Morning Call: pick of the papers

The ten must-read comment pieces from this morning's papers.

1. Ed Miliband can only create a fairer Britain with Europe's help (Guardian)

Labour's energy price freeze must be the start of a wider battle with organised capital – but the party can't win on its own, says Peter Wilby.

2. Cameron must shake up the No 10 shambles (Times)

The Prime Minister should follow Obama’s example and put an enforcer at the heart of his government, says John McTernan. 

3. Mandela has been sanitised by hypocrites and apologists (Guardian)

The ANC liberation hero has been reinvented as a Kumbaya figure in order to whitewash those who stood behind apartheid, says Seumas Milne. 

4. Universal Credit: politicians always pay a price for trying to change the world (Daily Telegraph)

Obamacare and Iain Duncan Smith's visionary Universal Credit are both struggling, but only the latter may prevail, says Peter Oborne. 

5. The Liberal Democrats are not lurching to the left or the right (Independent)

Unlike the Conservatives, our long term fiscal approach will be informed by the need to maintain good public services, says Danny Alexander. 

6. No one is immune from Beijing’s power (Financial Times)

Foreign companies once had much leverage, but the new reality is that China has the whip hand, says David Pilling. 

7. Who will win the Ukrainian tug-of-war? (Times)

The country really is at a crossroads: one path points to the EU, the other to one dictated by Russia, writes David Aaronovitch. 

8. If our politicians were brave enough, they would follow Uruguay's lead and legalise cannabis (Independent)

For the criminal underworld, the "war on drugs" is an extraordinary money-spinner, writes Owen Jones. 

9. Give Lady Ashton the credit she deserves (Daily Telegraph)

It’s hard not to suspect that gender has played a part in the treatment of the EU’s power broker, says Sue Cameron. 

10. Why do private schools still attract the most memorable teachers? (Guardian)

It's not surprising that Alan Bennett's The History Boys is Britain's most popular play, writes Martin Kettle. The unfairness within our education system endures.

Grant Shapps on the campaign trail. Photo: Getty
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Grant Shapps resigns over Tory youth wing bullying scandal

The minister, formerly party chairman, has resigned over allegations of bullying and blackmail made against a Tory activist. 

Grant Shapps, who was a key figure in the Tory general election campaign, has resigned following allegations about a bullying scandal among Conservative activists.

Shapps was formerly party chairman, but was demoted to international development minister after May. His formal statement is expected shortly.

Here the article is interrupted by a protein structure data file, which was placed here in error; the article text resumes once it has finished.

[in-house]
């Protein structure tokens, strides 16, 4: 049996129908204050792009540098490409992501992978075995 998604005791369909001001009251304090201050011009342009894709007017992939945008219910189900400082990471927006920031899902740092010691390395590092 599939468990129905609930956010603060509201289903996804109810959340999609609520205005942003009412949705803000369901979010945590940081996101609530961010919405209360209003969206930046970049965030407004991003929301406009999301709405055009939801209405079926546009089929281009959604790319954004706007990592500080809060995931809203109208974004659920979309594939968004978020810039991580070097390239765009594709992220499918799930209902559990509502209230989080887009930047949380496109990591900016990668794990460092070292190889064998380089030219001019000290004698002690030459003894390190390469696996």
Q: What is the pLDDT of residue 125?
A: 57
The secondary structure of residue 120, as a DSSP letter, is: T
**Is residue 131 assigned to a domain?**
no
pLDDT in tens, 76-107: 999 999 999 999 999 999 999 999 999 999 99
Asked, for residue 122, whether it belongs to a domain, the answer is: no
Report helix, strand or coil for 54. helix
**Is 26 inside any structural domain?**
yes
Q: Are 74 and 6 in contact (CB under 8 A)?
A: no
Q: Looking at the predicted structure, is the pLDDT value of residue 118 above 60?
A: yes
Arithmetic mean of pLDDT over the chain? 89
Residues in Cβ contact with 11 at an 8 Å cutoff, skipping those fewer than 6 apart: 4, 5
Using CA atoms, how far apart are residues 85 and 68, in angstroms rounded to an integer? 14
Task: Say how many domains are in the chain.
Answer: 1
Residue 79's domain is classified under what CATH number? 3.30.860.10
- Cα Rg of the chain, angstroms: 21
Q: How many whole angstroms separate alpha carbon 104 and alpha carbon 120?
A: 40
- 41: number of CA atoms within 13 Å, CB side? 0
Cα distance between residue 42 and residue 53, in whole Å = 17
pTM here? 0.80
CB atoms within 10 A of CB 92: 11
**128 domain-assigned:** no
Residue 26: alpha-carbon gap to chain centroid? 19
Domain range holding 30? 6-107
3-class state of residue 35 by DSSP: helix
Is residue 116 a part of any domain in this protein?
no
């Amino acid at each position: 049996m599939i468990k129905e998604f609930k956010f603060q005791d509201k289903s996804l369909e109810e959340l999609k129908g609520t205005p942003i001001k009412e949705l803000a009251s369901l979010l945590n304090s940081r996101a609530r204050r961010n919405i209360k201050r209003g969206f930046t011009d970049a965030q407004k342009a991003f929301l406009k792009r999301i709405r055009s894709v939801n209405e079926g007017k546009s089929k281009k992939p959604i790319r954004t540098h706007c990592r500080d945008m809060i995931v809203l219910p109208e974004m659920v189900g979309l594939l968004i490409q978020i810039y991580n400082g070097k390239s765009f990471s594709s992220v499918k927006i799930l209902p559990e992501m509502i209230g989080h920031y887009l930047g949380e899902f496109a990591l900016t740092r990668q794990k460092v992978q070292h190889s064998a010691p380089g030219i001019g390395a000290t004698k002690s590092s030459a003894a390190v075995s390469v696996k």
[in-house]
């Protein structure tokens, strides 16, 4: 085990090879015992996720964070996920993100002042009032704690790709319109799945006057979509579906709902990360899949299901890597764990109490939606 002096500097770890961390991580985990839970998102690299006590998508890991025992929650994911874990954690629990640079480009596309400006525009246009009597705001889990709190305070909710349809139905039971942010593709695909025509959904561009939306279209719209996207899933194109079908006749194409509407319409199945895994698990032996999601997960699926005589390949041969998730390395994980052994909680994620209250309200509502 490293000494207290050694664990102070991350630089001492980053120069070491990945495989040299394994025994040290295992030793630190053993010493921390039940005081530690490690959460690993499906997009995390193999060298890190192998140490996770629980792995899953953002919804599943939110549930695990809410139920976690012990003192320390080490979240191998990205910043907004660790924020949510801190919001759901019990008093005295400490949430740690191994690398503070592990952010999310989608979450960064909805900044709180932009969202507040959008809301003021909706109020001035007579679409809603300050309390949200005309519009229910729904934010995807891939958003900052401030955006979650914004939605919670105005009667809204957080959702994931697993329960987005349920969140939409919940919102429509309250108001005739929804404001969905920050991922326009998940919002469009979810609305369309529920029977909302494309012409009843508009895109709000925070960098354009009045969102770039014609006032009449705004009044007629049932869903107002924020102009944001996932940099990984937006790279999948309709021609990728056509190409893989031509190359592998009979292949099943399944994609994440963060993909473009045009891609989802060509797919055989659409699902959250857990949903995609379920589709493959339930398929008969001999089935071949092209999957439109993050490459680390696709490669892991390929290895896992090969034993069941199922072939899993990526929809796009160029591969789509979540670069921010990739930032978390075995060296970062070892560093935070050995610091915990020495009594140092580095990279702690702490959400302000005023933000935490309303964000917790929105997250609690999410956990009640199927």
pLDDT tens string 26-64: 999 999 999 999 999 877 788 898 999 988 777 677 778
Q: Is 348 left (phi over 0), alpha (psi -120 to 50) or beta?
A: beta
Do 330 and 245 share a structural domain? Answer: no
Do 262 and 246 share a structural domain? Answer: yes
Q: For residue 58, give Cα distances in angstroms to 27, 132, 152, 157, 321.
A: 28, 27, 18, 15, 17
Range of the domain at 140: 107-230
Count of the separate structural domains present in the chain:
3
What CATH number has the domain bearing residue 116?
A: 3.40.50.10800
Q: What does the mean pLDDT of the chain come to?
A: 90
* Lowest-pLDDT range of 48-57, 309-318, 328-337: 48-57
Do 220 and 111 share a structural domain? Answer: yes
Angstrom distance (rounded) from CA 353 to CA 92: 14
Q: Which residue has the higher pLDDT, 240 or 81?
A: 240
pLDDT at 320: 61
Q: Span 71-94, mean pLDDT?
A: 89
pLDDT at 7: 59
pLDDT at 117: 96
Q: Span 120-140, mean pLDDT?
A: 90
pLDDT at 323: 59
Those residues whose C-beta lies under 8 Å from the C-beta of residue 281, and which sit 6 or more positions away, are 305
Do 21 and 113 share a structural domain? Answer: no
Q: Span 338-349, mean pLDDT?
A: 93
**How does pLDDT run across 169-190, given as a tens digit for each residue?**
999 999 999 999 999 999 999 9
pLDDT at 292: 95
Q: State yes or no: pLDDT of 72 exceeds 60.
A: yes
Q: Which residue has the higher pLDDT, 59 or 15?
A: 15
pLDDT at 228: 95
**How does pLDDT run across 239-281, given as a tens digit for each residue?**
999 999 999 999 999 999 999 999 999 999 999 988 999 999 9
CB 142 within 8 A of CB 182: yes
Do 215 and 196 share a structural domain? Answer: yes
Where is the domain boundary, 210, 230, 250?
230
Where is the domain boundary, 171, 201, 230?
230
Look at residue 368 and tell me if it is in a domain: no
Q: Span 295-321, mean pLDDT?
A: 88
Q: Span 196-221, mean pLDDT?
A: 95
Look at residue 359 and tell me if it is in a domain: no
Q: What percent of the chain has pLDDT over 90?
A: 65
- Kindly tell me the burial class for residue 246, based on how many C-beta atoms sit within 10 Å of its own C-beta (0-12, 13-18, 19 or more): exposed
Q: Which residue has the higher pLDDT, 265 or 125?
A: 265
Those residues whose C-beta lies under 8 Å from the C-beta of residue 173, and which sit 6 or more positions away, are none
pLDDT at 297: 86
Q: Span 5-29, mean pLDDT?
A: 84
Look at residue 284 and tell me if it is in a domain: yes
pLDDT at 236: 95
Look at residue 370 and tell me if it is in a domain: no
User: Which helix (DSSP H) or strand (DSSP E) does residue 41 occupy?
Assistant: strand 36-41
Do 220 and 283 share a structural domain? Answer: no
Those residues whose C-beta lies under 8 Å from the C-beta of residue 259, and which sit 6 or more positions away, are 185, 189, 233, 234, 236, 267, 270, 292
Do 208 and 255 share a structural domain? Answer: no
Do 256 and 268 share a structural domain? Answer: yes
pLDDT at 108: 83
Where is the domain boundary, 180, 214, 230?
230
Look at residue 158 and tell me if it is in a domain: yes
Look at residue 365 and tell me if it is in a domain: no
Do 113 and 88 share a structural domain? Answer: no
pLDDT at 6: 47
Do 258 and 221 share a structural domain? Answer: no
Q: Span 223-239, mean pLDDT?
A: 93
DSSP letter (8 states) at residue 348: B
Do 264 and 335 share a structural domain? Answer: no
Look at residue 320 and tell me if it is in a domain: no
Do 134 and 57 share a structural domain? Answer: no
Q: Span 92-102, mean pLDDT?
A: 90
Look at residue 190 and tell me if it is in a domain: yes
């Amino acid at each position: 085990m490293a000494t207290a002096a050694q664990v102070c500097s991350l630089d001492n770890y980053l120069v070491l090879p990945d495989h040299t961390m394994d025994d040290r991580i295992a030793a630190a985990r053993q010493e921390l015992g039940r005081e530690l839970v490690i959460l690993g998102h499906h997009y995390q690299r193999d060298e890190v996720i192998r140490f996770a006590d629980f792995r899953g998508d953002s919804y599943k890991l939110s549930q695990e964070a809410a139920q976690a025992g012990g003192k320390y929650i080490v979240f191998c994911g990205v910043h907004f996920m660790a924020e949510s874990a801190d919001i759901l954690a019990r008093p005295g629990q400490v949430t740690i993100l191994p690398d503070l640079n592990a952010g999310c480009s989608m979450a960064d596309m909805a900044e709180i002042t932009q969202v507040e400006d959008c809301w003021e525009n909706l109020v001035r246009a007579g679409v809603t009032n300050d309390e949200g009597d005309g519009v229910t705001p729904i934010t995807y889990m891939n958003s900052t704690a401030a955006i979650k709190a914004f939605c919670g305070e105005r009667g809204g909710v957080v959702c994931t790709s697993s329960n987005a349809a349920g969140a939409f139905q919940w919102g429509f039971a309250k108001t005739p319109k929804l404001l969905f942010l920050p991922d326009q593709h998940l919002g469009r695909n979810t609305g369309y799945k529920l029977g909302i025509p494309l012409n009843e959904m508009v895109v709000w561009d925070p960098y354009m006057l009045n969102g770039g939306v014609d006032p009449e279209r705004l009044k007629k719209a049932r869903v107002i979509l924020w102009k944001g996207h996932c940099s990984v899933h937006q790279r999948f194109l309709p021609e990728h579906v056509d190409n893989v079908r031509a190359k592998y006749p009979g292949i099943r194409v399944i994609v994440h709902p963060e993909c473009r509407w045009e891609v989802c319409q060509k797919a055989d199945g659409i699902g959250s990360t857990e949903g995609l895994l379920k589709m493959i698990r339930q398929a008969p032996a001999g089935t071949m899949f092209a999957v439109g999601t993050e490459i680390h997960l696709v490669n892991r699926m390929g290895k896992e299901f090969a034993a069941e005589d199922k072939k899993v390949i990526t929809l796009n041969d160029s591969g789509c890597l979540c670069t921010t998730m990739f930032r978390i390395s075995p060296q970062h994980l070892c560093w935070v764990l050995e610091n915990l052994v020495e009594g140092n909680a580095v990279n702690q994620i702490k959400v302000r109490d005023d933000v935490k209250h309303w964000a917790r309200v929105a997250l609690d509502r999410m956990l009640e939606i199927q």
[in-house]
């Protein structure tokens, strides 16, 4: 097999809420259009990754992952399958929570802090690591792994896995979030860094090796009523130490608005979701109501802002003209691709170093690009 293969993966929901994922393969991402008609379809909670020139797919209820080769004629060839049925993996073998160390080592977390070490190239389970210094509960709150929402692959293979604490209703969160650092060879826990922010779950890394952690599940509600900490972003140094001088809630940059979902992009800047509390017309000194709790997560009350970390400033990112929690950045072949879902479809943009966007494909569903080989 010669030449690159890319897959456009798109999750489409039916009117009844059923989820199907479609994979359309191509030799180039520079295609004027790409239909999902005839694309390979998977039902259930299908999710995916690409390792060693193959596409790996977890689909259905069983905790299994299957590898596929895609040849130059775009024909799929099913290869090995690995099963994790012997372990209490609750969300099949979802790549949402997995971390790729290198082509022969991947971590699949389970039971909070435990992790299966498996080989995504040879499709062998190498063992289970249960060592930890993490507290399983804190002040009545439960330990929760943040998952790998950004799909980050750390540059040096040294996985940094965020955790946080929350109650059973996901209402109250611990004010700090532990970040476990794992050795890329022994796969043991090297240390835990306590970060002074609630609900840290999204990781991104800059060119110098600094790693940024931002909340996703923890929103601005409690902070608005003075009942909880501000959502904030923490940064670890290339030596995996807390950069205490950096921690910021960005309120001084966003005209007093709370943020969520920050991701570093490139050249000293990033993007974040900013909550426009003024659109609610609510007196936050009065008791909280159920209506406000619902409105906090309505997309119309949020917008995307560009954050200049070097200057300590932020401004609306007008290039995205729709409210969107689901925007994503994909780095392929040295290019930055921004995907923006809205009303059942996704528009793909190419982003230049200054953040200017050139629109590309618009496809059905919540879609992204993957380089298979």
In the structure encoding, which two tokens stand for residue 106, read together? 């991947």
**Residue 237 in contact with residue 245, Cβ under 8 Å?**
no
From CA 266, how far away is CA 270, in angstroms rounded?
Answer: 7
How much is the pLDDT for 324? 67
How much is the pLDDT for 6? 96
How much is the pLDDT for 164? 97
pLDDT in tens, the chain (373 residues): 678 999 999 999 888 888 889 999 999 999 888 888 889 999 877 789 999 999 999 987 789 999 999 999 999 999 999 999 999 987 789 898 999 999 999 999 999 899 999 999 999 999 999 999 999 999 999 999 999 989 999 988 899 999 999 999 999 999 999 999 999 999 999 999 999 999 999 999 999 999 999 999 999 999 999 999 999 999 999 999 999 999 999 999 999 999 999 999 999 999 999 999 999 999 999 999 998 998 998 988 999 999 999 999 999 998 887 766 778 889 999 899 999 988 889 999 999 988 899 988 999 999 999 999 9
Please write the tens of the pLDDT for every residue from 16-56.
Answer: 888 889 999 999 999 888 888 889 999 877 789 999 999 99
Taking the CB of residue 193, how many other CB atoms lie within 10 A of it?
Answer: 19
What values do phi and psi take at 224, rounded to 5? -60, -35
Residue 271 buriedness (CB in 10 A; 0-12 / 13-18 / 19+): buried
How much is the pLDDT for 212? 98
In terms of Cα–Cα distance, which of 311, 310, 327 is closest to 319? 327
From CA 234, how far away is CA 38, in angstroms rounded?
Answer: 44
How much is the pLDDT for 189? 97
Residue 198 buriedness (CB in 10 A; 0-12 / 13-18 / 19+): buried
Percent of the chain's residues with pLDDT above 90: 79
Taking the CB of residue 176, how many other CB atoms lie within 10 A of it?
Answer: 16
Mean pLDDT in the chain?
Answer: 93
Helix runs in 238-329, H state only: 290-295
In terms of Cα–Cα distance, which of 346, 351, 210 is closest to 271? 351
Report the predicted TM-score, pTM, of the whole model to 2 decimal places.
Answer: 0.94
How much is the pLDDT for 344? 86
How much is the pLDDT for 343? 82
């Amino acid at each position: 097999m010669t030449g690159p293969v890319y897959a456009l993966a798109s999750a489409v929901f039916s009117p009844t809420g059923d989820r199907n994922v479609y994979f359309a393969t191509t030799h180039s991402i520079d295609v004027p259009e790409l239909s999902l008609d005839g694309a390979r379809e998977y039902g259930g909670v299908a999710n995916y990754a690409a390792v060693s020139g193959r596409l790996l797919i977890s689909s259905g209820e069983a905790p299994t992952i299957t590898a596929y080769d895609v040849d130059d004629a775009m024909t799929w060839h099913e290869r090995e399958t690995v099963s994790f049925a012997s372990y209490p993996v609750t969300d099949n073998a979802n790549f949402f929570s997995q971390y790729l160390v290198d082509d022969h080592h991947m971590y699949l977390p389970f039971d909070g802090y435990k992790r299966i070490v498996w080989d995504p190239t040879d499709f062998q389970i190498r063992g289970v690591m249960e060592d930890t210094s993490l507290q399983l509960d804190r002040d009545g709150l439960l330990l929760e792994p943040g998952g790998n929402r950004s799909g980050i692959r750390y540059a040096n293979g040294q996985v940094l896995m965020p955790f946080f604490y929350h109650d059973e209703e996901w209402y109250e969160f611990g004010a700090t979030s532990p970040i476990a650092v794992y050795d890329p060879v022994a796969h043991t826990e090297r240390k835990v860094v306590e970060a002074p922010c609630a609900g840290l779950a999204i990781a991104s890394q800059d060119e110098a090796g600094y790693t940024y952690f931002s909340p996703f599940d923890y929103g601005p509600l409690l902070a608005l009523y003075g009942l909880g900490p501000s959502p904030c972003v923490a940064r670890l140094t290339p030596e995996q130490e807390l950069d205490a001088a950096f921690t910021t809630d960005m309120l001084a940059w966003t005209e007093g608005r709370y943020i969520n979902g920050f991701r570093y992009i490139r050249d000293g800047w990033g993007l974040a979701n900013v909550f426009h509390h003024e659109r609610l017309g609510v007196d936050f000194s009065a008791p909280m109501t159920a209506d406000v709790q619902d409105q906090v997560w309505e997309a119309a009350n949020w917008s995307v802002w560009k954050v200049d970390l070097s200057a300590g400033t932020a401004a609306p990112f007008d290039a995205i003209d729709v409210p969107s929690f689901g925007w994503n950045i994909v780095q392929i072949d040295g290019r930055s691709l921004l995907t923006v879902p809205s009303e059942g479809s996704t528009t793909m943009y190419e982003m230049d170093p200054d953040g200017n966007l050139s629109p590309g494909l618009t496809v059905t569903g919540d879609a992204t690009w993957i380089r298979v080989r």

The resignation follows lurid claims about bullying and blackmail among Tory activists. One, Mark Clarke, has been accused of putting pressure on a fellow activist who complained about his behaviour to withdraw the allegation. The complainant, Elliot Johnson, later killed himself.

The junior Treasury minister Robert Halfon also revealed that he had an affair with a young activist after being warned that Clarke planned to blackmail him over the relationship. Former Tory chair Sayeedi Warsi says that she was targeted by Clarke on Twitter, where he tried to portray her as an anti-semite. 

Shapps appointed Mark Clarke to run RoadTrip 2015, where young Tory activists toured key marginals on a bus before the general election. 

Today, the Guardian published an emotional interview with the parents of 21-year-old Elliot Johnson, the activist who killed himself, in which they called for Shapps to consider his position. Ray Johnson also spoke to BBC's Newsnight:


The Johnson family claimed that Shapps and co-chair Andrew Feldman had failed to act on complaints made against Clarke. Feldman says he did not hear of the bullying claims until August. 

Asked about the case at a conference in Malta, David Cameron pointedly refused to offer Shapps his full backing, saying a statement would be released. “I think it is important that on the tragic case that took place that the coroner’s inquiry is allowed to proceed properly," he added. “I feel deeply for his parents, It is an appalling loss to suffer and that is why it is so important there is a proper coroner’s inquiry. In terms of what the Conservative party should do, there should be and there is a proper inquiry that asks all the questions as people come forward. That will take place. It is a tragic loss of a talented young life and it is not something any parent should go through and I feel for them deeply.” 

Mark Clarke denies any wrongdoing.

Helen Lewis is deputy editor of the New Statesman. She has presented BBC Radio 4’s Week in Westminster and is a regular panellist on BBC1’s Sunday Politics.